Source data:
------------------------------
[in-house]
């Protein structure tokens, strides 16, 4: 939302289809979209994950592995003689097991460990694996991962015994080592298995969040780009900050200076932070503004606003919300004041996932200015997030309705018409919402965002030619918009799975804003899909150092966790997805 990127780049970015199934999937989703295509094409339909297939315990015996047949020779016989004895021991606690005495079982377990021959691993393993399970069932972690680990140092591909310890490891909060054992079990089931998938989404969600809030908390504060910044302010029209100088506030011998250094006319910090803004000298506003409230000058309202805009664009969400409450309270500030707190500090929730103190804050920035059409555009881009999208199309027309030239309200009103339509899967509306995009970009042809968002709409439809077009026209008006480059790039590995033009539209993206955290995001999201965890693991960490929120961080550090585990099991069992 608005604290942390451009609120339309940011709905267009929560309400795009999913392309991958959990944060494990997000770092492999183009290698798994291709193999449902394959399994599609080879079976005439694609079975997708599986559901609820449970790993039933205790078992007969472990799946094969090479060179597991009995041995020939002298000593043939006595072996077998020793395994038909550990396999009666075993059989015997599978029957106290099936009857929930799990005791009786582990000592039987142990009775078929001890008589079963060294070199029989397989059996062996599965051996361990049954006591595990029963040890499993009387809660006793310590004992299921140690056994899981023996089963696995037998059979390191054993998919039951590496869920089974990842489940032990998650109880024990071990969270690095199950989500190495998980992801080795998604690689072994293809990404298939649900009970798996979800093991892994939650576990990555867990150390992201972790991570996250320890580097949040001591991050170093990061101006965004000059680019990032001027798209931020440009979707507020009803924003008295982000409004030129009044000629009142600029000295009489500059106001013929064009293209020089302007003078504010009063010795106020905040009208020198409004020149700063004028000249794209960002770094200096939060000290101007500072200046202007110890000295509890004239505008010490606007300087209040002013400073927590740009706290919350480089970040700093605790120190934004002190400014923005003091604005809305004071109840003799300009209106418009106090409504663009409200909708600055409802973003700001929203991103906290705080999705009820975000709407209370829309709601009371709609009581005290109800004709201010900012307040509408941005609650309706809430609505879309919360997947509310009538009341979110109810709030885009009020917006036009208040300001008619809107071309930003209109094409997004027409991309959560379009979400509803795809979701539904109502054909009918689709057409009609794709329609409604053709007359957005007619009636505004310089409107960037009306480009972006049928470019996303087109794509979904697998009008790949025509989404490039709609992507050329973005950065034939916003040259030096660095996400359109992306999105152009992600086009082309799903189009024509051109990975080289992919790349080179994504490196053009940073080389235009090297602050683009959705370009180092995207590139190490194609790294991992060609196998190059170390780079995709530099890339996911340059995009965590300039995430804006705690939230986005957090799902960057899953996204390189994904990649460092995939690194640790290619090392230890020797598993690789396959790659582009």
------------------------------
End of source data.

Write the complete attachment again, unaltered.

[in-house]
């Protein structure tokens, strides 16, 4: 939302289809979209994950592995003689097991460990694996991962015994080592298995969040780009900050200076932070503004606003919300004041996932200015997030309705018409919402965002030619918009799975804003899909150092966790997805 990127780049970015199934999937989703295509094409339909297939315990015996047949020779016989004895021991606690005495079982377990021959691993393993399970069932972690680990140092591909310890490891909060054992079990089931998938989404969600809030908390504060910044302010029209100088506030011998250094006319910090803004000298506003409230000058309202805009664009969400409450309270500030707190500090929730103190804050920035059409555009881009999208199309027309030239309200009103339509899967509306995009970009042809968002709409439809077009026209008006480059790039590995033009539209993206955290995001999201965890693991960490929120961080550090585990099991069992 608005604290942390451009609120339309940011709905267009929560309400795009999913392309991958959990944060494990997000770092492999183009290698798994291709193999449902394959399994599609080879079976005439694609079975997708599986559901609820449970790993039933205790078992007969472990799946094969090479060179597991009995041995020939002298000593043939006595072996077998020793395994038909550990396999009666075993059989015997599978029957106290099936009857929930799990005791009786582990000592039987142990009775078929001890008589079963060294070199029989397989059996062996599965051996361990049954006591595990029963040890499993009387809660006793310590004992299921140690056994899981023996089963696995037998059979390191054993998919039951590496869920089974990842489940032990998650109880024990071990969270690095199950989500190495998980992801080795998604690689072994293809990404298939649900009970798996979800093991892994939650576990990555867990150390992201972790991570996250320890580097949040001591991050170093990061101006965004000059680019990032001027798209931020440009979707507020009803924003008295982000409004030129009044000629009142600029000295009489500059106001013929064009293209020089302007003078504010009063010795106020905040009208020198409004020149700063004028000249794209960002770094200096939060000290101007500072200046202007110890000295509890004239505008010490606007300087209040002013400073927590740009706290919350480089970040700093605790120190934004002190400014923005003091604005809305004071109840003799300009209106418009106090409504663009409200909708600055409802973003700001929203991103906290705080999705009820975000709407209370829309709601009371709609009581005290109800004709201010900012307040509408941005609650309706809430609505879309919360997947509310009538009341979110109810709030885009009020917006036009208040300001008619809107071309930003209109094409997004027409991309959560379009979400509803795809979701539904109502054909009918689709057409009609794709329609409604053709007359957005007619009636505004310089409107960037009306480009972006049928470019996303087109794509979904697998009008790949025509989404490039709609992507050329973005950065034939916003040259030096660095996400359109992306999105152009992600086009082309799903189009024509051109990975080289992919790349080179994504490196053009940073080389235009090297602050683009959705370009180092995207590139190490194609790294991992060609196998190059170390780079995709530099890339996911340059995009965590300039995430804006705690939230986005957090799902960057899953996204390189994904990649460092995939690194640790290619090392230890020797598993690789396959790659582009």